Being a rambling meditation on the way personal branding has become a necessary result (and not a contingent possibility) of social media immersion. Or how grad school deprived me of the ability to speak to the twitterati.
One of the more inescapable outgrowths of the proliferation of social media has been the effort given over to personal branding. Branding, once the exclusive preserve of corporations and their legion of products, has more recently been extended to the individual. Turnabout here is fair play I suppose: if corporations can be granted personhood in the eyes of the law, why can’t persons tear a page out of the corporate branding playbook.
Young creative professionals are encouraged by circumstance to actively manage their personal brand through their involvement in social media in order to better leverage the social capital derived from a careful cultivation of messaging via tweets, instagrams, posts and LinkedIn endorsements. And blundits (that’s apparently an awkward mashup of ‘bloggers’ and ‘pundits’, not ‘bludgers’ and ‘bandits’ as I’d initially surmised) ask you to consider what your Facebook profile pic says about you.
Note that I call blundits a ‘mashup’ and forego the old school and literary ‘portmanteau’ because that would be snooty and undermine my credibility amongst other creatives (but I include this aside to let you know that I’m capable of being snooty any old time I choose). What does that say about my brand?
In some ways, this emergent attribute — the personal brand — is a more intensive and abstracted version of the social networking that has gone on since humans first gathered on the savannah to hunt, gather and hatch plans for conquest. But it is also something new.
I’m temperamentally inclined to think of this development as a bad thing, a sign of an age of hyper-superficiality in which all personal attributes are reduced to calculated and depersonalized surfaces and projections, perhaps as justification for the fact that I find Facebook a yawn, can’t be bothered to tweet to save my life, and only blog under extreme duress. (You see! It’s not that I’m not with it, man: I’m just too deep to tweet, damn it!)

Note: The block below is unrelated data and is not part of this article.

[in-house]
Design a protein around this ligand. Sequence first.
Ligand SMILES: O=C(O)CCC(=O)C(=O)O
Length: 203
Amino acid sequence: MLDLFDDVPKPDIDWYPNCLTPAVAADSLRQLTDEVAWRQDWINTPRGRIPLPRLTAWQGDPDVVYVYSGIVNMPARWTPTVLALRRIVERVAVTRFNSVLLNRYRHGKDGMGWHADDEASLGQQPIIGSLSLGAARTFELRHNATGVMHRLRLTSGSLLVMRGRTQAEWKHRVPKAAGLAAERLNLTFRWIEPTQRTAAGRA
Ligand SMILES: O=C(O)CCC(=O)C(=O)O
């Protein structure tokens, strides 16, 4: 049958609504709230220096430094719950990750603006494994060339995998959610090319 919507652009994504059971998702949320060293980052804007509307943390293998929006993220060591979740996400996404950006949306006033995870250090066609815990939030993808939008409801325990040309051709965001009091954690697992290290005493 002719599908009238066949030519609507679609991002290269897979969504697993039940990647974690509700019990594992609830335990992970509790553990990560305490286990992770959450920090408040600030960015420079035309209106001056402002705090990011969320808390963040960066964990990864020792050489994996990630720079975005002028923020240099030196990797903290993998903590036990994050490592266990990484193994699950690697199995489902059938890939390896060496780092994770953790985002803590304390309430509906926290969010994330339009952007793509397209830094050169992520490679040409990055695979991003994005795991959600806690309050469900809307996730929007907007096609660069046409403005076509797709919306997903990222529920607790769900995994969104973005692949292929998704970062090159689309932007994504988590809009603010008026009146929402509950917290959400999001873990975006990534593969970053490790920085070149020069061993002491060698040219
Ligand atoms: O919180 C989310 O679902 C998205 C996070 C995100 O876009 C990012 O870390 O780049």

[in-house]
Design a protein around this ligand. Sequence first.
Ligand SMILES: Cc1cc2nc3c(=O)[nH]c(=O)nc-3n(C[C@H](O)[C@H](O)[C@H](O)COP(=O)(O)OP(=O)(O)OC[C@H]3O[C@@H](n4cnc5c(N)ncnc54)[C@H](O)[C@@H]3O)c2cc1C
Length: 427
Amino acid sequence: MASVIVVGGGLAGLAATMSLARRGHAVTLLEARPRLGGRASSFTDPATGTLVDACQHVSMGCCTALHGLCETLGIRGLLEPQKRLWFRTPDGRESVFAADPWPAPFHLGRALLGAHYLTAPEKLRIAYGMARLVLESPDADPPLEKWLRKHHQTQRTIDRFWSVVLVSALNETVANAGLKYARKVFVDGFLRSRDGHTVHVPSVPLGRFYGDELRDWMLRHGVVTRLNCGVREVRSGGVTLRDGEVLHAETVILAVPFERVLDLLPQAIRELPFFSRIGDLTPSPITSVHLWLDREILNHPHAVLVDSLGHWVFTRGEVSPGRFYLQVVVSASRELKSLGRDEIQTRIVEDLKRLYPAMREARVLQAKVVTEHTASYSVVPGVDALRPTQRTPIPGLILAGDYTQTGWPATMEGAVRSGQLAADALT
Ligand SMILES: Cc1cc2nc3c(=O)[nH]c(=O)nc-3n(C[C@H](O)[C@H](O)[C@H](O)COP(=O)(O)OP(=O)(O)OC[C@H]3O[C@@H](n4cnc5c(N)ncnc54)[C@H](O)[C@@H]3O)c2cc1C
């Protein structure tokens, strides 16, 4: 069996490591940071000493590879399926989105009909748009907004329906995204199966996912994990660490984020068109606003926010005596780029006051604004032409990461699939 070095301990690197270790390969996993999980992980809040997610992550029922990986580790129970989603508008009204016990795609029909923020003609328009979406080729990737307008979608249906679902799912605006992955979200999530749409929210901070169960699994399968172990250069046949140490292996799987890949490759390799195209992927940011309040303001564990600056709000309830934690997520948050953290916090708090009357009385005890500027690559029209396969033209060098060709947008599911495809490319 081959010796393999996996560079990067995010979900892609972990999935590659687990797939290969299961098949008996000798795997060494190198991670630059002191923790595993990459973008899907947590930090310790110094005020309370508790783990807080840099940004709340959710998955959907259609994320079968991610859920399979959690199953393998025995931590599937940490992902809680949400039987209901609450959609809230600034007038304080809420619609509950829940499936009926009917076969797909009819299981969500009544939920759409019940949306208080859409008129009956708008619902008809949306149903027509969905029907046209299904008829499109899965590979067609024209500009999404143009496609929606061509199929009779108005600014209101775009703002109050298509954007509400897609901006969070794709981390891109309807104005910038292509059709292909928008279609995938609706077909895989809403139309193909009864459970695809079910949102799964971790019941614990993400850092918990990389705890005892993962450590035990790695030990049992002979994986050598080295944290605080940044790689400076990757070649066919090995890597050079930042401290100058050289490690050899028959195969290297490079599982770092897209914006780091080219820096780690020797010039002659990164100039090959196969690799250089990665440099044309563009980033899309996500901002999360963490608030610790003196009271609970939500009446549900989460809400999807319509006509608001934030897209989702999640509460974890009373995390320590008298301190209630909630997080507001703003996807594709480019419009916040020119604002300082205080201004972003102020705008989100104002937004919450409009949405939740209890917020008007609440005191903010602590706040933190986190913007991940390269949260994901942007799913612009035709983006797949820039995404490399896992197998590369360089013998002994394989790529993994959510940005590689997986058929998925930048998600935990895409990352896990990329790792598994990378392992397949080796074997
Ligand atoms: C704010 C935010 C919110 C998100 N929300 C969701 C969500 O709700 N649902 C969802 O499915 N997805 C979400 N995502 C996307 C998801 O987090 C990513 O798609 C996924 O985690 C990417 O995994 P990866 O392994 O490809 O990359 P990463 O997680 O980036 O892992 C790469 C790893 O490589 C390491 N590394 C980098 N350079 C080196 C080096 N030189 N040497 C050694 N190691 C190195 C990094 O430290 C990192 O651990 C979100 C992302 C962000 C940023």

But that offhand assessment is mostly self-delusion. Probably because I didn’t grow up with instant messaging and Youtube…or even email, video games (unless Pong counts) and computers smaller than my bedroom. I simply arrived a generation or two too soon. Ok, whatever: yes, I am aware that your grandmother is on the Facebook day and night. I secretly follow her under an alias and think her potatoes-that-look-like-Obama posts are awesome.
Much has been made of the democratization made possible by the ubiquity of the web in general (where the distinction between knowledge production and consumption is said to break down) and of social media in particular (where one’s location in the brick and mortar world is not destiny). When it comes down to it, though, I think the upheavals of the social media maelstrom obscure not a fundamental realignment of social relations as much as they do the modes through which those social relations are expressed.
I presume we are fast approaching a time when it will become fashionable for academics to make the claim that there is no outside of the social media metaverse in the same way poststructuralists of the 80s claimed there is no outside of the text. Is the space between identity and personal brand collapsing like a waveform once it is observed, or does the personal brand merely redefine an identity always already mediated by contesting semiotic systems?
My training inclines me to the latter view, but that doesn’t mean this change is without consequences. In a world where brand becomes identity, the personal brand will not be an affectation, it will simply be an attribute of everyone cast in the net. Which means that, if you are unlucky enough to be relegated to the social media sidelines through cultural, economic and/or technological marginalization, you will have been rendered brandless, faceless, invisible.